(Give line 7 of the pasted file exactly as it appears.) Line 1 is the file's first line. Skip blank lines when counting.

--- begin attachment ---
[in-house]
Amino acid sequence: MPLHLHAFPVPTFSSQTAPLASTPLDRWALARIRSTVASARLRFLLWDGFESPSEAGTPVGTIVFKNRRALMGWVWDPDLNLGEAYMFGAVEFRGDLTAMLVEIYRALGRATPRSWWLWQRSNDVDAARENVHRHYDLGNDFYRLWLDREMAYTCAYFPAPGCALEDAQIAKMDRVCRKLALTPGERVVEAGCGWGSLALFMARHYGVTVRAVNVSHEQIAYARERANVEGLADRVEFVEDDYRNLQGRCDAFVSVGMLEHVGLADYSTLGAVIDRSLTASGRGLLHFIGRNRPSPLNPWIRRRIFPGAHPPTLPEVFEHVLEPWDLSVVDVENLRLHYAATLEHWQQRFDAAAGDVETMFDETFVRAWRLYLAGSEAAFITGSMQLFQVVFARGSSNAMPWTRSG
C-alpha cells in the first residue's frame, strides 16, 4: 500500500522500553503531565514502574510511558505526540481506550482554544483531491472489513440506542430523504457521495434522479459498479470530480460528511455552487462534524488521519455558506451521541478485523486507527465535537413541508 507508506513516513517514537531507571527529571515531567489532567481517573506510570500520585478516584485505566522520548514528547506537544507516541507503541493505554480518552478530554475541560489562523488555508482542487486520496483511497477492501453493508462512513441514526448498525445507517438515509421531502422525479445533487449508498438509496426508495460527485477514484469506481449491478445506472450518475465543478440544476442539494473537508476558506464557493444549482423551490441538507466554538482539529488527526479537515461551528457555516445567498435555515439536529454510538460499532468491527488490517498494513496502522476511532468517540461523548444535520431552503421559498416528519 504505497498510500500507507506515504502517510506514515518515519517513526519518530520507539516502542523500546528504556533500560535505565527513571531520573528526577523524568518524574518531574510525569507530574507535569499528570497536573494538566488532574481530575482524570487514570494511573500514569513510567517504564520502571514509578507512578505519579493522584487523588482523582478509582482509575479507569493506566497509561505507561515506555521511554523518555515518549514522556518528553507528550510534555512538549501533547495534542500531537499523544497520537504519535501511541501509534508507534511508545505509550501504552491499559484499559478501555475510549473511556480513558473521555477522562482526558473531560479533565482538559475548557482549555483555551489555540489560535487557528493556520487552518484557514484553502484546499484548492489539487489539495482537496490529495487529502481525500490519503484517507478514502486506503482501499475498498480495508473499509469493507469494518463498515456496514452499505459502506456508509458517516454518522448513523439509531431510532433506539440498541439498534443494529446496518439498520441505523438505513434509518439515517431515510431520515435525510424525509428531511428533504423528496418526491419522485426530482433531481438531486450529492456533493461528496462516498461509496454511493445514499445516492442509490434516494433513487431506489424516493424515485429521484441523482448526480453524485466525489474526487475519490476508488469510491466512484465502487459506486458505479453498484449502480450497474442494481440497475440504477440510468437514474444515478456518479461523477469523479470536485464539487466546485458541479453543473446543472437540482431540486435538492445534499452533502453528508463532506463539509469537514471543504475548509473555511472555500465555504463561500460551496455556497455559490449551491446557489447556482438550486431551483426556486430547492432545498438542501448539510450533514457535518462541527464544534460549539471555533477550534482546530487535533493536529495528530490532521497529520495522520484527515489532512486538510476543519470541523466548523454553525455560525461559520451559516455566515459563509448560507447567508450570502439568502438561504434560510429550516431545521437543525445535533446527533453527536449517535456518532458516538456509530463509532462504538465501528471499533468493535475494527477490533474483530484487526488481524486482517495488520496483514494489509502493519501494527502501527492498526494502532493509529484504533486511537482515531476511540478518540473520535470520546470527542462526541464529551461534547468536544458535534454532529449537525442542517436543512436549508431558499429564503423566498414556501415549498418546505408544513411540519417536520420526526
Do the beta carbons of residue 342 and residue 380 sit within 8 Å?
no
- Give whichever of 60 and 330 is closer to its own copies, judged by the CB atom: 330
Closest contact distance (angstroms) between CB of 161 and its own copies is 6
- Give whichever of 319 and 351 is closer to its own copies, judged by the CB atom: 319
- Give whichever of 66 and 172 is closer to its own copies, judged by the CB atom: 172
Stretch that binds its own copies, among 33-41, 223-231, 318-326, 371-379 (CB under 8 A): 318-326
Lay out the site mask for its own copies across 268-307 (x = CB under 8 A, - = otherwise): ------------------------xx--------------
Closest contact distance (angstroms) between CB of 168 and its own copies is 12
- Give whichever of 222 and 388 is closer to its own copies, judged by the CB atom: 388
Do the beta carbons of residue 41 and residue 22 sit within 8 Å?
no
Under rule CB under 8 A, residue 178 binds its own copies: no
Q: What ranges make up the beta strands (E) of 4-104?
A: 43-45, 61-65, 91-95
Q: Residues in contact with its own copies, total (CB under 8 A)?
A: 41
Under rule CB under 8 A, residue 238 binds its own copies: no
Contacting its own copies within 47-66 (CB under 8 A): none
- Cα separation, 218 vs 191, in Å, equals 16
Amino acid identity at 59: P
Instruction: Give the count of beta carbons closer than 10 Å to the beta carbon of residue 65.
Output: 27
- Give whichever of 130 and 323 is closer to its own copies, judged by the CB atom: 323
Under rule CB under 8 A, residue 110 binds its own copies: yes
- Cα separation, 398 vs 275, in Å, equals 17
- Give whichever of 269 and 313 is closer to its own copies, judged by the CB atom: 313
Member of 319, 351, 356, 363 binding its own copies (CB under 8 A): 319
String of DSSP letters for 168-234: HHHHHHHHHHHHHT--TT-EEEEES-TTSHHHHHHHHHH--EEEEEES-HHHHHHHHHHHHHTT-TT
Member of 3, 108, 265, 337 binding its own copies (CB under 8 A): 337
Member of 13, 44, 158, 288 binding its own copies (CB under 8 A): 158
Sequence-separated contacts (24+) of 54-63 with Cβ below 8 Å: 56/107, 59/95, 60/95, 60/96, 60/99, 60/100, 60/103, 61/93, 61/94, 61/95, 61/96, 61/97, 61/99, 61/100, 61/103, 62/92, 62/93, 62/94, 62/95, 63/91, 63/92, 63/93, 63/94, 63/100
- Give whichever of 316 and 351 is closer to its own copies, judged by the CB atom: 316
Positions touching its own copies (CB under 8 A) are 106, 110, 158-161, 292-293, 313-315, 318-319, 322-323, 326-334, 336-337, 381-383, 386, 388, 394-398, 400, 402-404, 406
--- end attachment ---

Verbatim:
Closest contact distance (angstroms) between CB of 161 and its own copies is 6